James Millar was a Professor of Mathematics in the University of Glasgow and owned the Milheugh Estate from 1801 until his daughter Margaret Millar inherited the property on 10th November 1838, having married to Andrew Bannatyne 10 years earlier. Around that same time, Milheugh was massively extended. The old Georgian part of the house was maintained, but a grand stone building on two storeys was added most with a firm Victorian design statement. The 1859 Valuation register for the Parish records that this “modern home”, a reference to that recent construction. The gardens were heavily landscaped and reprofiled to suit the new building and evidence of new estate paths is apparent on old maps, filling in the old lade that ran across the Milheugh fields. At this time, the two estate cottages were also built at Pathfoot, on the Pech Brae, itself part of the Estate. The cottages were leased out to the groundskeeper and as a stable.
The old name of Millheugh with two “Ls” was confined to history. The name of the new house was changed to Milheugh, with one L likely around the 1830’s perhaps to distinguish it from Millheugh in Larkhall. The name with one L is noted in James Millars inventory.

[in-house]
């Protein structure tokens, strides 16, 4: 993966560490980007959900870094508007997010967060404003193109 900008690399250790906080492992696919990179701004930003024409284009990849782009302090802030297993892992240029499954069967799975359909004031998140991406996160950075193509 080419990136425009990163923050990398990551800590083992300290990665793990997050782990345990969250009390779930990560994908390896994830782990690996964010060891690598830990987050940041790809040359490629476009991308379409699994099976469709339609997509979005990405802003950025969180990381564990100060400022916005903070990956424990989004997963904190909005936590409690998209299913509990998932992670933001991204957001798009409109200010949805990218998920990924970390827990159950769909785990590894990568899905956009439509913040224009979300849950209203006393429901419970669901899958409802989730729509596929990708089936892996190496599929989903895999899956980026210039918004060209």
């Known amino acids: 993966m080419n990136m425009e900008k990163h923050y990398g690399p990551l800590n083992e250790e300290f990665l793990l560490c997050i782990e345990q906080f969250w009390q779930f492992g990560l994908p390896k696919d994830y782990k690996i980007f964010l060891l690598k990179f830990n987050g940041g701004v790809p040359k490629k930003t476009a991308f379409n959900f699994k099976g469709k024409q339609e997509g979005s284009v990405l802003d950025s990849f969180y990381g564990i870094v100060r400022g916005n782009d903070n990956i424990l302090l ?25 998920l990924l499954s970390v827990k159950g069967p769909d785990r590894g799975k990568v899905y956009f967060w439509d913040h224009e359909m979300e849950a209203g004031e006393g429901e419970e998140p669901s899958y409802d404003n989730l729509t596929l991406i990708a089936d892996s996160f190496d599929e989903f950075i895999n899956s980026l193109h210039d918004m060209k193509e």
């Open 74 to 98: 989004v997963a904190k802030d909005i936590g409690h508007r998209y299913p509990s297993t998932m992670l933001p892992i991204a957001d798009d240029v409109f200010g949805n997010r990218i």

Alex Rochead recently sent me James Millar’s inventory of possessions and property. This was a list of personal wealth (other than the Milheugh House itself given to Elizabeth and Andrew Bannatyne). It makes for interesting reading. I’ve enclosed the records here for reference, and noted the highlights below.
The Inventory was recorded and read in Glasgow on 10th November 1838, by the Trustees of James Millar’s estate, one of whom was Andrew Bannatyne, his son in law. James Millar had died on 11th July 1838.
1. Cash found in repositories £2.00
2. Shares in several Glasgow companies worth £13,494, £5,500 of which was in Forth and Clyde Canal. (In 2015 money his shares would have been worth several millions of pounds)
3. Glasgow college owed James a salary of £75, 14 shillings and 9 pence.
4. An entitlement to part of the rents of the Island of Shuna (off West Coast of Scotland midway between Oban and Lochgilphead). The sums due to James was £31.
5. Owning a lot of Properties in nearby Barnhill, rent was owed to James of a total £72, £31 of which was from Jean Pollock alone. The inventory noted this would be difficult to collect and wrote the amount owned to James downwards to £30.
6. A further £36 due to him by others, namely James Frame and John Anderson.
7. The household furniture and linen were valued at £191.
In all , an estate of £13,860, excluding the property Milheugh itself. It is clear how important from this inventory, that his business share were. The inventory concluded an estate worth between £13,000 and £14,000.